Results depicted in Table 2 reveal that married women being highly educated (with post-graduation qualification), having regular jobs in organizations, and living in nuclear family setup express significantly higher levels of relationship self-regulation and better dyadic coping as compared to their counterparts. It has also been found that values of η2 are reasonably moderate indicating the medium effect size. This provides further evidence that these group differences are adequately reflective of the population from which the sample of this study is drawn. In addition, dispersion of mean values of each group and subgroup lies in the average range of the scale scores; thereby indicating that sample is optimally normally distributed.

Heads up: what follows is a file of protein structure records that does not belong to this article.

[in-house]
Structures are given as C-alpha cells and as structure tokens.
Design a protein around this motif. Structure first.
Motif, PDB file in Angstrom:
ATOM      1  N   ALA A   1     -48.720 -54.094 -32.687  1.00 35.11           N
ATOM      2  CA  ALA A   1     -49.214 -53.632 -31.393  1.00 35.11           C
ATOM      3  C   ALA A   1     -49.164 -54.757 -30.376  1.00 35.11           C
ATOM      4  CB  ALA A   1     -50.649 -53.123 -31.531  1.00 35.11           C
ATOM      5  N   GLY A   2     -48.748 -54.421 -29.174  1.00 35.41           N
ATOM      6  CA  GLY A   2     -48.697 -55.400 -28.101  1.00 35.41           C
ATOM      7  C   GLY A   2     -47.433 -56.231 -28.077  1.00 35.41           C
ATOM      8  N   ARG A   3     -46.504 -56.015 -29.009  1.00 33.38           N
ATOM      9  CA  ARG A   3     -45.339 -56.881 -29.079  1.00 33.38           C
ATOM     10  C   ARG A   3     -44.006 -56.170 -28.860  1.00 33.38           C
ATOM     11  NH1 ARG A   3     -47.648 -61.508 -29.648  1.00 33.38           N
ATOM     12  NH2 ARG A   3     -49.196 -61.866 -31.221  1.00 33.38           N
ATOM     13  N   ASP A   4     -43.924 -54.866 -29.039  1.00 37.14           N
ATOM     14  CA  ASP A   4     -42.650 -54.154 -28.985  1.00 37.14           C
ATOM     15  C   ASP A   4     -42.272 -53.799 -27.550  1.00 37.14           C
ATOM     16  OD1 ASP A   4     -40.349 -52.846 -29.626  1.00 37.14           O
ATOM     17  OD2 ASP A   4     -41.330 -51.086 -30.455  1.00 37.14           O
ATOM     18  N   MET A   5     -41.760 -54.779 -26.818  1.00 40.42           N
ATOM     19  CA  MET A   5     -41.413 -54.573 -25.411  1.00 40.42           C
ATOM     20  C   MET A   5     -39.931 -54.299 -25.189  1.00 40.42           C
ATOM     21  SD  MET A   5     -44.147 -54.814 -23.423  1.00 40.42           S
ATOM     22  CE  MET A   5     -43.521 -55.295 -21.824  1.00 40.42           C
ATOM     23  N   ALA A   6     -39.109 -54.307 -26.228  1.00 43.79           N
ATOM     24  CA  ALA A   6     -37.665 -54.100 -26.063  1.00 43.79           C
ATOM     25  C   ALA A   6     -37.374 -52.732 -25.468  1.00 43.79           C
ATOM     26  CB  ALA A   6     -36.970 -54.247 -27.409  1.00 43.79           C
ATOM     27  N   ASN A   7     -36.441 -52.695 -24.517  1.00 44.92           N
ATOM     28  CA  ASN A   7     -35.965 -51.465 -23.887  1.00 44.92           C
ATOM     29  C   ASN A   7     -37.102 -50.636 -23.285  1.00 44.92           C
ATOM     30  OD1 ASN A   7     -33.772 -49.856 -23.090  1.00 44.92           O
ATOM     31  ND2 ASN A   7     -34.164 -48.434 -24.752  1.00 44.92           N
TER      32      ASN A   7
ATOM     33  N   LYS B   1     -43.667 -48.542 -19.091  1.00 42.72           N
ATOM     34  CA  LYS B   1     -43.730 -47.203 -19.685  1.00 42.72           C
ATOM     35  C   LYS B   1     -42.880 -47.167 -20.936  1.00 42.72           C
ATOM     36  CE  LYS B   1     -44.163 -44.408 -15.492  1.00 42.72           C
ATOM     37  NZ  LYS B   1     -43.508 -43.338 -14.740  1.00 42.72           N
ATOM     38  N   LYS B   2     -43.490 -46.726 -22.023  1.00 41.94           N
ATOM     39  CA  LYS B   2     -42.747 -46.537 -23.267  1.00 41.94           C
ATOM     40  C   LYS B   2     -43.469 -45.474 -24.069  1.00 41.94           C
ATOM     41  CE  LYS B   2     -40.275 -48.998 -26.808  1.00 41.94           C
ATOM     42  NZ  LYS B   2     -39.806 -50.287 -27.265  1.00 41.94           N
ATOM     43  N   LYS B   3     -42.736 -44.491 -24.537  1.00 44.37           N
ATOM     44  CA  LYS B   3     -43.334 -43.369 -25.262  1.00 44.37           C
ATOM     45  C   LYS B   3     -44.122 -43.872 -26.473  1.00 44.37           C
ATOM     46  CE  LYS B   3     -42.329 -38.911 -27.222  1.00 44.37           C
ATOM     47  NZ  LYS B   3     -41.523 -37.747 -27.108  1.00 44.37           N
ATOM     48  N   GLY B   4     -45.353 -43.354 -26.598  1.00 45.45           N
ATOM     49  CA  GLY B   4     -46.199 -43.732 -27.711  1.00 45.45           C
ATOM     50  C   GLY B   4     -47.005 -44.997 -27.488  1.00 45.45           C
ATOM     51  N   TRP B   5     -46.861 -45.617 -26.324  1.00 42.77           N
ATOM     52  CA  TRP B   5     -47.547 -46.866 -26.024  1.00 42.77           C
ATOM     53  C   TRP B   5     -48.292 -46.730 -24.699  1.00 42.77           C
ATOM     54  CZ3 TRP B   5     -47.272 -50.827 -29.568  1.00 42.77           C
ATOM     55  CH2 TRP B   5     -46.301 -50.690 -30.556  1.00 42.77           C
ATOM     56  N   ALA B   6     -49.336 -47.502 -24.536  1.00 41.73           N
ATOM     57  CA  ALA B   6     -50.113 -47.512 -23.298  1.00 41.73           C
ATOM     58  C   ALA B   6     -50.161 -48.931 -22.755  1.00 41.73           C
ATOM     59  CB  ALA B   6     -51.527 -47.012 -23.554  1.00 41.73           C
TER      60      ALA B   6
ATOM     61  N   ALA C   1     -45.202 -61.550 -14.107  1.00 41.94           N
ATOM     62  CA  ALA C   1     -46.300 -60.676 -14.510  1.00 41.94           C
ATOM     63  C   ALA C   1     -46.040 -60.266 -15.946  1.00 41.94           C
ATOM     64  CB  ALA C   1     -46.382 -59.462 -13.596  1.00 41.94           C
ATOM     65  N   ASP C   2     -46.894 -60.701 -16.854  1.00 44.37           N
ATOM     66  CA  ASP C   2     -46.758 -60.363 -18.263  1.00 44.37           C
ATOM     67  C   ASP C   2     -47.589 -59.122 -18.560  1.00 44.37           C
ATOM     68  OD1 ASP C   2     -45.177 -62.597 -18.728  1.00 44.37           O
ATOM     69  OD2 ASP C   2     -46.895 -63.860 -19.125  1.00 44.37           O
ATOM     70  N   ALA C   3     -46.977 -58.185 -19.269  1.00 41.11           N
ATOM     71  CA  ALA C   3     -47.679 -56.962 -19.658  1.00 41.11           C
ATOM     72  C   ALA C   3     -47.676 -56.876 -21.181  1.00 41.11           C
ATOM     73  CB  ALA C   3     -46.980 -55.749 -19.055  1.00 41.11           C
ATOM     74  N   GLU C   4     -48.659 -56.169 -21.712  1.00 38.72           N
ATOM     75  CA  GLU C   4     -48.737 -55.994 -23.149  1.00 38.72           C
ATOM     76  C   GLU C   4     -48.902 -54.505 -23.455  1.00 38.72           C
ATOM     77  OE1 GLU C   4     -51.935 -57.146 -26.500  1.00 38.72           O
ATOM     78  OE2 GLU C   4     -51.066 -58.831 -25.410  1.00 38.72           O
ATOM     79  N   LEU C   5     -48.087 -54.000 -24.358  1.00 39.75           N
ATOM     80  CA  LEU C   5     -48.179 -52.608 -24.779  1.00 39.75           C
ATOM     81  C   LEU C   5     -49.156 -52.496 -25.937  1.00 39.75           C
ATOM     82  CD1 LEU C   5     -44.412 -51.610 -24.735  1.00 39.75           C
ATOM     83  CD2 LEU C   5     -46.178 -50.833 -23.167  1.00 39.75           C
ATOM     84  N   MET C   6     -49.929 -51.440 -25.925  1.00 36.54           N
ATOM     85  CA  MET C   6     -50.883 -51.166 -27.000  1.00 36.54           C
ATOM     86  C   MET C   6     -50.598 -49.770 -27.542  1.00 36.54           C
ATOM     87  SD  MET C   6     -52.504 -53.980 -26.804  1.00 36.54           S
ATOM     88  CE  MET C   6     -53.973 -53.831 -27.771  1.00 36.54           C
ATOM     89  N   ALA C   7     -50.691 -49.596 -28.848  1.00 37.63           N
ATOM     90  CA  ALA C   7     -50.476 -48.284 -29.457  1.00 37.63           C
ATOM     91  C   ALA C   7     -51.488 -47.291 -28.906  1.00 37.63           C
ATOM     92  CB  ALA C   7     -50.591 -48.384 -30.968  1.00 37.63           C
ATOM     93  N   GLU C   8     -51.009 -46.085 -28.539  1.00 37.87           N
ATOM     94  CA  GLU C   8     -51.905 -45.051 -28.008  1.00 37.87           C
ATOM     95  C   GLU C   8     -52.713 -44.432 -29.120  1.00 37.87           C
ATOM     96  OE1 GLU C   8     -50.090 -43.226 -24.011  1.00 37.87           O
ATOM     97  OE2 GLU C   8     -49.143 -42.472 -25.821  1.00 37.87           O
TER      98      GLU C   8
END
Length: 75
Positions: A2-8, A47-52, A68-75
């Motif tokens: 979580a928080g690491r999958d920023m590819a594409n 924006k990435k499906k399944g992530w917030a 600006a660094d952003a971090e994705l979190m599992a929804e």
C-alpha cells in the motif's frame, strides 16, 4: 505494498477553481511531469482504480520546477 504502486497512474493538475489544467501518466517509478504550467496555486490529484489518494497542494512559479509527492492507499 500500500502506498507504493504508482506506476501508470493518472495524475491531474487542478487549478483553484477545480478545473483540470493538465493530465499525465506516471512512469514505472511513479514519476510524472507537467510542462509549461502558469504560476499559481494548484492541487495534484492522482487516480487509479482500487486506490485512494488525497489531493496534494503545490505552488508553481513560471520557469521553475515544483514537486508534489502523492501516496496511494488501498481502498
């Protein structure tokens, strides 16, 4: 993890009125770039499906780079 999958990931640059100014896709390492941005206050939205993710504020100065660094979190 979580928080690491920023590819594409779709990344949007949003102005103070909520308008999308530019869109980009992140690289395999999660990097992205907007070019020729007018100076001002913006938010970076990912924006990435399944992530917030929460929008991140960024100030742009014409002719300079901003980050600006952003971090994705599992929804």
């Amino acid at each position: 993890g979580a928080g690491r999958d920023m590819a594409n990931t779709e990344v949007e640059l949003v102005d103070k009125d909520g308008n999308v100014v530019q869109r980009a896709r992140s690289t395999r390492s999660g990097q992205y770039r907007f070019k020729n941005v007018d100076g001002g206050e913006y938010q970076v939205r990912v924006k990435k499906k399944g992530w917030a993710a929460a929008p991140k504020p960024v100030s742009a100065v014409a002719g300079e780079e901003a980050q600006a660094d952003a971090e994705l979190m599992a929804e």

The main objective of the current study is to investigate the association between relationship self-regulation and dyadic coping among married women. In addition, role of demographic characteristics is also examined. Results of the present study indicated a significant positive relationship between relationship self- regulation and dyadic coping. These findings can be optimally explained in accordance to earlier literature which has shown that relationship adjustment quality positively predicted dyadic coping (Aswathy & Kalpana, 2019), partner happiness, and marital satisfaction (Badr et al., 2020). The probable reason of self-regulation to act as a determining factor has been established through various studies depicting that it is associated with augmented levels of environmental mastery (Kuster et al., 2019), personal growth (Moilanen & Manuel, 2018), and positive relational tendencies (Constant et al., 2020). Moreover, it has been found that relationship self-regulation assisted the individual to utilize all the cognitive, affective, and behavioral resources to make suitable adjustments in peer and dyadic relations (Gouin, Scarcello, da Estrela, Paquin, & Barker, 2019). Likewise, Balsam et al. (2021) asserted based on longitudinal study that predictors of dyadic happiness and adjustment is contingent upon the better relationship self-regulation; conversely, poor relational self-regulation may result in dyadic dissolution among same-sex and heterosexual couples.